'Baby Talk' Irritates Alzheimer's Patients – Caregivers For the Elderly Should Avoid Certain Patterns of Speech, New Research Says

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ABC News Medical Unit
July 28, 2008

RSS “It’s been a long road,” Luanne Baron says of caring for her 77-year-old mother, Phyllis.

Adult language rather than “baby talk” for elderly can improve quality of life.Baron, of Revere, Mass., took on the role of caregiver nearly three years ago, beginning at home and now during daily trips to visit her mother at a nursing home.

Phyllis has Alzheimer’s disease, which has dramatically worsened over the past year, Baron says. “The conversations were becoming more difficult in terms of making sense of things.”

And even though her mother continues to ask about Baron’s grandparents, who died about 30 years ago, Baron says that her own end of the conversation hasn’t changed, in spite of her mother’s disease.

“I try to speak to her and any other patient in the nursing home as the human beings that they are,” Baron says. “Whether or not it’s even comprehended, it doesn’t matter. What matters is that you’re providing an answer that you would give to any other person who asked the question.”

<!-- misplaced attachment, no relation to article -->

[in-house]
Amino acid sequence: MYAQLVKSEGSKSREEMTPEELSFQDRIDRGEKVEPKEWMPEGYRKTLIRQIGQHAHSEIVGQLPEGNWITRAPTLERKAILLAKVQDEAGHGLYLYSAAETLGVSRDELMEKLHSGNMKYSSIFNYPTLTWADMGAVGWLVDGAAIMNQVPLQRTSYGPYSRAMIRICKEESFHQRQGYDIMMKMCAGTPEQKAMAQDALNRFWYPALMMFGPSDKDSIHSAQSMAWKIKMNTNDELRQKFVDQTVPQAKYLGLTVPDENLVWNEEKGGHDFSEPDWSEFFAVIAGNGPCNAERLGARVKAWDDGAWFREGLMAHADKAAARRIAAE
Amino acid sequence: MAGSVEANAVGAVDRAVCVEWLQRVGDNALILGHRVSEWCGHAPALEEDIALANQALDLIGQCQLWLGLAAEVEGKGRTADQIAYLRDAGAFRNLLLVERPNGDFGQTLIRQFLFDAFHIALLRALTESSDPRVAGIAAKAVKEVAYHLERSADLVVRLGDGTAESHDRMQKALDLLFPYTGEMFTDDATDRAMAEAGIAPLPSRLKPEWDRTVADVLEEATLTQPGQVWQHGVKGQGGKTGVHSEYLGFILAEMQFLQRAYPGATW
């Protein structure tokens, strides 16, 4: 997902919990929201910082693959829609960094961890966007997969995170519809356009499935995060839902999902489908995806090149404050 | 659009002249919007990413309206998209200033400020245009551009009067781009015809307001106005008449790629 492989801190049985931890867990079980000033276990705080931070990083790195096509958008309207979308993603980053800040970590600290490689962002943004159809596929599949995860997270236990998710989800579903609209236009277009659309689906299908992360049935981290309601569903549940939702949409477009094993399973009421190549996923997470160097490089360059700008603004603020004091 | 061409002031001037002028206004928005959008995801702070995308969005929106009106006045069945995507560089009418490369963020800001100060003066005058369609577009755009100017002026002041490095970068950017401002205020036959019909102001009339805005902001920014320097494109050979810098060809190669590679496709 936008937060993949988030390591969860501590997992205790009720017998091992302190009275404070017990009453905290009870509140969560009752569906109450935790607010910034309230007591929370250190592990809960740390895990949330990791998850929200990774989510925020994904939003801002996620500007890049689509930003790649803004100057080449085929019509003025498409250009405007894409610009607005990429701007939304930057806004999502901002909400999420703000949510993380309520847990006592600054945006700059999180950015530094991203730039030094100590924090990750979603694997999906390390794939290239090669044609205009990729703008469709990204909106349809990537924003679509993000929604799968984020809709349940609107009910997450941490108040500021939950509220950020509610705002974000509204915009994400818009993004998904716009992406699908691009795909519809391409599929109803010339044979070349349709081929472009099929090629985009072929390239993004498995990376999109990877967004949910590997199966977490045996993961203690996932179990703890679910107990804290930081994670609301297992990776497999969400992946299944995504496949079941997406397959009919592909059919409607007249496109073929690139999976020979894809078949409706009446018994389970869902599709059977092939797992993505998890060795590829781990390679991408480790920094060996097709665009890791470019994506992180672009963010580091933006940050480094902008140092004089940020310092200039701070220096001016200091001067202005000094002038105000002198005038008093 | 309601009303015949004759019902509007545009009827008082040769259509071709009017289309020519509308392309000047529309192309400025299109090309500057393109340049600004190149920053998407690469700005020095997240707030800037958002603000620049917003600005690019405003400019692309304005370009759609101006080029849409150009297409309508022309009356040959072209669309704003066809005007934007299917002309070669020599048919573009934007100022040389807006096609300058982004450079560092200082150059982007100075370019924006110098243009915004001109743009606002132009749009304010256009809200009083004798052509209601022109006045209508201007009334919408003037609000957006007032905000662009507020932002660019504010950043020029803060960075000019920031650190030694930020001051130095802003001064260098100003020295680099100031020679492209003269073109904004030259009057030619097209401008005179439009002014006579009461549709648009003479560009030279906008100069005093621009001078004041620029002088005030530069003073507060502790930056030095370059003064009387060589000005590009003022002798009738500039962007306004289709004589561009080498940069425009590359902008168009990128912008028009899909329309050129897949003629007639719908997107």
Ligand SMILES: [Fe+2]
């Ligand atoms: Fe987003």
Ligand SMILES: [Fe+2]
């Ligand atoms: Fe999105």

But not all caregivers communicate the same way as Baron does.
Williams, who has more than 20 years of experience as a nurse working with older adults, says that based on this assumption, many hospital and nursing-home caregivers communicate in “elderspeak.”
This includes using basic vocabulary and grammar, speaking in a high-pitched or loud voice, sounding overly caring or controlling, and using terms of endearment such as “honey” and “sweetie,” Williams says.

“Elderspeak is a kind of talk or communication that is common between younger adults and older adults in a variety of settings,” she says, adding that it’s not too far from “baby talk.”

“As health-care professionals, we talk like this to older adults all the time, and we think that in doing this we’re giving them a message that we care about them,” she says.

But her latest study, presented Monday at the 2008 Alzheimer’s Association International Conference on Alzheimer’s Disease, shows that this language might have the opposite effect.
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